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With the repeal of the Affordable Care Act currently in progress, I have seen over FB several people proclaiming the glorious advantages of the ACA and how they survived horrendous circumstances that they would not have otherwise survived without the services made available of said ACA. Or the inverse, family members facing death because they can't afford the costs to combat similar horrendous circumstances because of their lack of access to affordable healthcare.

These individual stories are called anecdotes. Anecdotes are a single data point and being an individual data point (in this example, "The ACA is good!") there is no context, which in statistics context means trend, thus pointing you to a conclusion. A good way to describe anecdotal evidence is, "when your neighbor loses their job, it's a recession. When you lose your job, it's a depression."

I, too, have my own anecdotal data point on the ACA. In my prior job I worked at a small non-profit agency and I made $15/hour. Because this job was a 30% pay cut from the job before that, my take-home pay was literally 95% of my expenses. That meant I ran out of money before the end of the month, every month. I fell very far behind in all of my bills. I got utility cut-off notices every month. I came within hours of having my car repossessed. The monthly expenses did not include health care. Just to make ends meet, I had to hustle side work and/or skipping meals. If someone in the family needed something not in the budget, I had to increase my hustle, go hungry even more, or they didn't get it. By the way, the side work wasn't very consistent, so a lot of days I got by with a breakfast shake in the morning and maybe a Cup O' Noodles for lunch, then a thin dinner. If I wanted to have insurance through my employer for my wife by herself (because she needed it a lot more than I did), my portion would have been $600 a month. That would have been 28% of my take-home pay, on par with my house note.

So, I researched getting insurance under the ACA. The best plan I could find would have cost me $60 a month (remember, I'm already coming up short about $100 every month) and the deductible was $4,000. According to my trusty calculator, that meant I would have to spend $330 a month on health care, every month before the health care plan would start paying anything. Now who on God's green Earth could "afford" health care like that?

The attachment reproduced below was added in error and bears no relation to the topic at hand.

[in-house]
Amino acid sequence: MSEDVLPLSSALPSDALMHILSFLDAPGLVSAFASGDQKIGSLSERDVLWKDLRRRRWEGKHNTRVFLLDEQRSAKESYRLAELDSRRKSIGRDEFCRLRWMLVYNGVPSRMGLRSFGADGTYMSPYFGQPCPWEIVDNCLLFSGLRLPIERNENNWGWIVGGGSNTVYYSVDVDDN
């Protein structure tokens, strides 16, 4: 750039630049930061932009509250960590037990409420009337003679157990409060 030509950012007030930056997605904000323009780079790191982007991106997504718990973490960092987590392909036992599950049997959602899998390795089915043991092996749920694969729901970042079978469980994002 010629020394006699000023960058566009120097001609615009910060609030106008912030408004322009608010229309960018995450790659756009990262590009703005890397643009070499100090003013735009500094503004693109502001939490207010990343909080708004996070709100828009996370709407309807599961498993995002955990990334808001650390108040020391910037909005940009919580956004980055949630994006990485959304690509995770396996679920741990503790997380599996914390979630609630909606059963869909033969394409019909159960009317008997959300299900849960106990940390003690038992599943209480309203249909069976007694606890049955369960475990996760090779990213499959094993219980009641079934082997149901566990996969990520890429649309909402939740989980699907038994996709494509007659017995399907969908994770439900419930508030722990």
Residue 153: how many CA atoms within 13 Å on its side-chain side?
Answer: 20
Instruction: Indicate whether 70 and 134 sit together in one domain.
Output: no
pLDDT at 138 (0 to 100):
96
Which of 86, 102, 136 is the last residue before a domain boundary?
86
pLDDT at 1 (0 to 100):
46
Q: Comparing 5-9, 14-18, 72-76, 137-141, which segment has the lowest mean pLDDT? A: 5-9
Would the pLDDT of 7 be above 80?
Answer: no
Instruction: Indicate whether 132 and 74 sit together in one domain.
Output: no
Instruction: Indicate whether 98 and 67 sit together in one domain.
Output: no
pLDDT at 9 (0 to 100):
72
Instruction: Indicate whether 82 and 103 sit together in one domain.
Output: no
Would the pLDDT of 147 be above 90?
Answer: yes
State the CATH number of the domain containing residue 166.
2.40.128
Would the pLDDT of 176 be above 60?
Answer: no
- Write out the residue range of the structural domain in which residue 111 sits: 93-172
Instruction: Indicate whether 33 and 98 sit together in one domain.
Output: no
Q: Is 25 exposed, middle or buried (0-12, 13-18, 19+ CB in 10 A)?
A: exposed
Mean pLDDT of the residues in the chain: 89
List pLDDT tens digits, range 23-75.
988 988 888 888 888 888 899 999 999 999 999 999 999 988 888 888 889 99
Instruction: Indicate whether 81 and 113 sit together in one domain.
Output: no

Some people have told me, "The ACA would have kicked in if you would have something catastrophic." Let me say, because I couldn't come up with the first $4,000 an event like that would have bankrupted me regardless.

My opposition to the ACA is not based on jealousy on another getting health care, nor my own inability to catch that brass ring. I did not determine my position for this based on anecdotal evidence, but rather on statistical evidence. I looked at the country as a whole to see how the country fared under this crushing mandate. The proper term for this is Pareto maximized, or Pareto efficiency. Here is a basic description of this term:

Pareto improvement is defined to be a change to a different allocation that makes at least one individual better off without making any other individual worse off, given a certain initial allocation of goods among a set of individuals.

While we are seeing anecdotal evidence that the ACA helped people, we are seeing statistical evidence that millions of people lost health care and tens of thousands more were transitioned to part-time work. On top of that, because the number of paying enrollees were overestimated by several million, the anticipated income from those enrollees did not occur, thereby causing drastic deficits in the program, which added billions to the overall deficit and the debt.

In conclusion, the thousands of people who benefited from this law are outweighed by the millions of people who lost their healthcare by either their plan being canceled, or priced out of range. Then you have the tens of thousands who were cut to part-time work, plus our future generations slaving to repay the interest on the debts we incurred with this folly.

When the United States purchased the land now known as Alaska from Russia, it was known as Seward's Folly. Perhaps the debacle known as the Affordable Care Act should henceforth be known as "Obama's Folly."